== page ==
Monday, October 14, 2013

Hot Deployment with IntelliJ IDEA

Recently there was a voting in the PrimeFaces forum PrimeFaces IDE Poll for the best IDE used to develop PrimeFaces applications. The most people voted for NetBeans. NetBeans and Eclipse are free IDEs. My favorite IDE IntelliJ IDEA Ultimate is not free and I think this is a reason why there are less people using it on the job. I thought it would be a good idea to show some nice features in IntelliJ. This post will demonstrate how to configure IntelliJ for the hot deployment when developing web projects. Hot deployment means you can change web resources or classes at runtime and the changes will be recognized immediately without server restart. An useful feature during development process. In the example, I will take the application server JBoss 7, but any other server can be configured in the same manner as well. A good introduction to IntelliJ and JBoss there is in the IntelliJ Wiki. For a general information regarding working with application servers in IntelliJ please refer this help page.

We assume, the application server is already configured. The next step is to configure an exploded WAR artifact for the web project. An exploded WAR is a decompressed web application archive, a directory structure that is ready for deployment on an application server. IntelliJ creates it automatically, but nevertheless, you should go to File --> Project Structure --> Artefacts and ensure that the exploded web application ends with the extension .war. If you use Maven, the exploded WAR is created below the target folder. More info on the help page.


You should also check if the Hot Swap is enabled. Go to the File --> Settings --> Debugger --> HotSwap and ensure that all checkboxes are checked and the radio button "Reload classes after compilation" is set to "Always".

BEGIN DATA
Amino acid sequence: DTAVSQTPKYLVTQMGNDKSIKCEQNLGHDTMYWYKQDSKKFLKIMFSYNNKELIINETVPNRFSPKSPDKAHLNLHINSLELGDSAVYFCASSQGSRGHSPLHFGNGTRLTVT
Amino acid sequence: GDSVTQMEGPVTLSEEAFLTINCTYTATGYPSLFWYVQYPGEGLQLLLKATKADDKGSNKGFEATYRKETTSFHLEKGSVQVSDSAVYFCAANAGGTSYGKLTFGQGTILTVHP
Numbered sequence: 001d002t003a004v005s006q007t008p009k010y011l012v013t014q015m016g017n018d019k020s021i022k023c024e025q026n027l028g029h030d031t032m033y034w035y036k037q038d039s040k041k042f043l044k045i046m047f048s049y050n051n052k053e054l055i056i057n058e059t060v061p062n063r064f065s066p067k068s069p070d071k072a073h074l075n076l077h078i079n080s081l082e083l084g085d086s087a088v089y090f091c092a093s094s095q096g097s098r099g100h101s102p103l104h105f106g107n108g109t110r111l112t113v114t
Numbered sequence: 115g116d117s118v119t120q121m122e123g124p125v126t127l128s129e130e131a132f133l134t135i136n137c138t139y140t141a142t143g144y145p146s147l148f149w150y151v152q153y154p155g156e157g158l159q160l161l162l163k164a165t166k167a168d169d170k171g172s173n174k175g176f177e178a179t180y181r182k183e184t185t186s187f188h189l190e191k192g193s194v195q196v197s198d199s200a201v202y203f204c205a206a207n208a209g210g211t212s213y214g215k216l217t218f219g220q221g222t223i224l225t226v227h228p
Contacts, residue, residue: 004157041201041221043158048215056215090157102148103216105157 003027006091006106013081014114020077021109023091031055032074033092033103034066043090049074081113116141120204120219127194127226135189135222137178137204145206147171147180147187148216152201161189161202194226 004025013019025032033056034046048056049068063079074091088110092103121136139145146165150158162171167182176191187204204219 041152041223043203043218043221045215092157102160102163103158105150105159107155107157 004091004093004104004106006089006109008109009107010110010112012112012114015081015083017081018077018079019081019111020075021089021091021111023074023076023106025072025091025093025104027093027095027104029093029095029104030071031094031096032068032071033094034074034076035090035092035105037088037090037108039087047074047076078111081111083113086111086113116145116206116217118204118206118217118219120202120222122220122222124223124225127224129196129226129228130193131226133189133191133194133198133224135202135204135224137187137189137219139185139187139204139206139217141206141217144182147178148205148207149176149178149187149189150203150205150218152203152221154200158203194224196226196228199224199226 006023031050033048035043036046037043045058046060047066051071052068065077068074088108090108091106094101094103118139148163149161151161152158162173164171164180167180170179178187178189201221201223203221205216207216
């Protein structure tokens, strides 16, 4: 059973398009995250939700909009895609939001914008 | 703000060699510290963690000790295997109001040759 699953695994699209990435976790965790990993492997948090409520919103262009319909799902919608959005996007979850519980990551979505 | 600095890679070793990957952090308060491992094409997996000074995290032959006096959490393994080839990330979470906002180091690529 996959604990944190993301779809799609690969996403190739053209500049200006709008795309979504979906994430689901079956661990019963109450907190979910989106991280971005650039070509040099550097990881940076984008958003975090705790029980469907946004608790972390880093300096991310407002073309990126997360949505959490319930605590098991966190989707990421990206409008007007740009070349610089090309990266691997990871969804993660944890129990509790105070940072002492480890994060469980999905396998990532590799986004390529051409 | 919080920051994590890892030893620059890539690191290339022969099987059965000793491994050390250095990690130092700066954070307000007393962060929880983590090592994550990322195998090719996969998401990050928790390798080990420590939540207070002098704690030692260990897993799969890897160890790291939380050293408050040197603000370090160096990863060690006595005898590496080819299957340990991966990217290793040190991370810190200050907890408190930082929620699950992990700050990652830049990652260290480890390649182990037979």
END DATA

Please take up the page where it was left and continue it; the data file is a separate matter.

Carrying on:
As next step, click on the "Edit Configurations..." and go to the configured server. In the "Run/Debug Configurations" dialog, select "Update resources" in the drop-down "On frame deactivation". That means, when you switch to the browser, IntelliJ will copy resource files (JavaScript, CSS) from the source location (src/main/webapp) to the directory where it builds the exploded WAR to deploy.


Hot deployment for changed Java classes is resticted by JVM. E.g. the hot deployment for classes with changed method signature(s) doesn't work. But if you changed a method body, it will work. So, if you don't use JRebel which allows the hot deployment for classes being structurally modified, you can still rely on IntelliJ. All what you need to do for changes in Java classes is to recompile them. For that, you can go to the menu Build --> Compile or simple hit Ctrl + Shift + F9. After that, go to the browser and refresh the page to see changes.


8 comments:

  1. +1 Oleg and nice post, and LOL/smiling that that PrimeFaces IDE forum topic motivated/inspired you to write this blog.

    Hot deployment via IntelliJ...if not using JRebel (restart server and rebuild WAR). NetBeans does this as well. :)

    Per my experience, hot deployments can take its toll on servers, so need to set permsize, accordingly. Instead of doing a NetBeans-redeploy-or-restart, I prefer to stop server, deploy/drop-WAR, and start server (via NetBeans).

    How does IntelliJ handle the memory/PermGen issue(s) associated with 'hot deployment'(s)?

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    Replies
    1. "How does IntelliJ handle the memory/PermGen issue(s) associated with 'hot deployment'(s)?"

      Quite good. No issues until now. I have -XX:MaxPermSize=700m

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    2. Most likely you have a reasonably small application if the redeployment is an acceptable option for you.

      IntelliJ doesn't cope with PermGen in any way. PermGen issues are caused by classloader leaks and can't be prevented on the IDE level.



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    3. Yes, sure, PermGen issues are caused by classloader leaks. Almost every app server has the same issue after consecutively redeployments. So, a server restart can rescue.

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  2. "I have -XX:MaxPermSize=700m"

    I thought so. I did the same when i first started developing JSF web app via Glassfish 3.1.x; after setting max perm size to 384 or 512m and 'avoiding' hot deployments, i no longer had the (glassfish) permgen issues. and now, since i am using tomee and still avoiding hot deployments, and setting max perm size = 384m, i have no perm gen issues. :)

    "PermGen issues are caused by classloader leaks and can't be prevented on the IDE level. "

    well, if you 'avoid' hot deployments via your IDE, then you will definitely 'prevent' PermGen issues via/at-the IDE (level). :)

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